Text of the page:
TREATMENT OF SLAVES
George A. Avery
John H. Curtiss
Rev. Henry T Hopkins
William S. Drewry
Sale and Capture
Slave for Sale
William S. Drewry
Continue to SLAVE RESISTANCE
Treatment of Slaves: Punishment
According to abolitionist Theodore Dwight Weld, the following testimony came from a Mr. L. Turner, a native of Caroline County, Virginia, several counties north of Southampton.
The following facts I have just taken down from the lips of Mr. L. Turner, a regular and respectable member of the Second Presbyterian Church in Springfield, our county town. He was born and brought up in Caroline county, Virginia. He says that the slaves are neither considered nor treated as human beings. One of his neighbors whose name was Barr, he says, on one occasion stripped a slave and lacerated his back with a handcard (for cotton or wool) and then washed it with salt and water, with pepper in it. Mr. Turner saw this. He further remarked that he believed there were many slaves there in advanced life whose backs had never been well since they began to work.
He stated that one of his uncles had killed a woman--broke her skull with an ax helve: she had insulted her mistress! No notice was taken of the affair. Mr. T. said, further, that slaves were frequently murdered.
He mentioned the case of one slaveholder, whom he had seen lay his slaves on a large log, which he kept for the purpose, strip them, tie them with the face downward, then have a kettle of hot water brought--take the paddle, made of hard wood, and perforated with holes, dip it into the hot water and strike--before every blow dipping it into the water--every hole at every blow would raise a 'whelk.' This was the usual punishment for running away.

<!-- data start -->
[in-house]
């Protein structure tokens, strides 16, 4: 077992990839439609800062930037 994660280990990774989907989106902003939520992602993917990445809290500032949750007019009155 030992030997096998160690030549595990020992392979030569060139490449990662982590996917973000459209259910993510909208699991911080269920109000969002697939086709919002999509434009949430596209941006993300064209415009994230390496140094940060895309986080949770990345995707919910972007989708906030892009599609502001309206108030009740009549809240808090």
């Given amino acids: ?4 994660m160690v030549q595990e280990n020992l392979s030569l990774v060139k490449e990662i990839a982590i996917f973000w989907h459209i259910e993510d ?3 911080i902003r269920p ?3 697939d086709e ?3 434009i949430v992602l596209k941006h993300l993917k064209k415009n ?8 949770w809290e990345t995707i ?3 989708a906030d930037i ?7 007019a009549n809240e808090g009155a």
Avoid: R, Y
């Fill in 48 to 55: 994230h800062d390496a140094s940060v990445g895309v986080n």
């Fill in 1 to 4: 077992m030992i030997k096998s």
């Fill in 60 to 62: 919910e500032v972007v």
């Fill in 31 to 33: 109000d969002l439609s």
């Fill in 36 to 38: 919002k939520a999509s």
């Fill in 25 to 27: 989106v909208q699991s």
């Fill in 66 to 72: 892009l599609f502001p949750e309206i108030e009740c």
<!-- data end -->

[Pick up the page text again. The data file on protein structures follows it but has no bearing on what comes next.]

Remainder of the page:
Another slaveholder had a slave who had often run away, and often been severely whipped. After one of his floggings he burnt his master's barn: this so enraged the man, that when he caught him he took a pair of pincers and pulled his toe nails out. The negro then murdered two of his master's children. He was taken after a desperate pursuit, (having been shot through the shoulder) and hung. . . .
Mr. T. related the whipping habits of one of his uncles in Virginia. He was a wealthy man, had a splendid house and grounds. A tree in his front yard, was used as a whipping post. When a slave was to be punished, he would frequently invite some of his friends, have a table, cards and wine set out under the shade; he would then flog his slave a little while, and then play cards and drink with his friends, occasionally taunting the slave, giving him the privilege of confessing such and such things, at his leisure, after a while flog him again, thus keeping it up for hours or half the day, and sometimes all day. This was his habit.
From Theodore Dwight Weld, American Slavery As It Is: Testimony of a Thousand Witnesses (New York: American Antislavery Society, 1839), 46.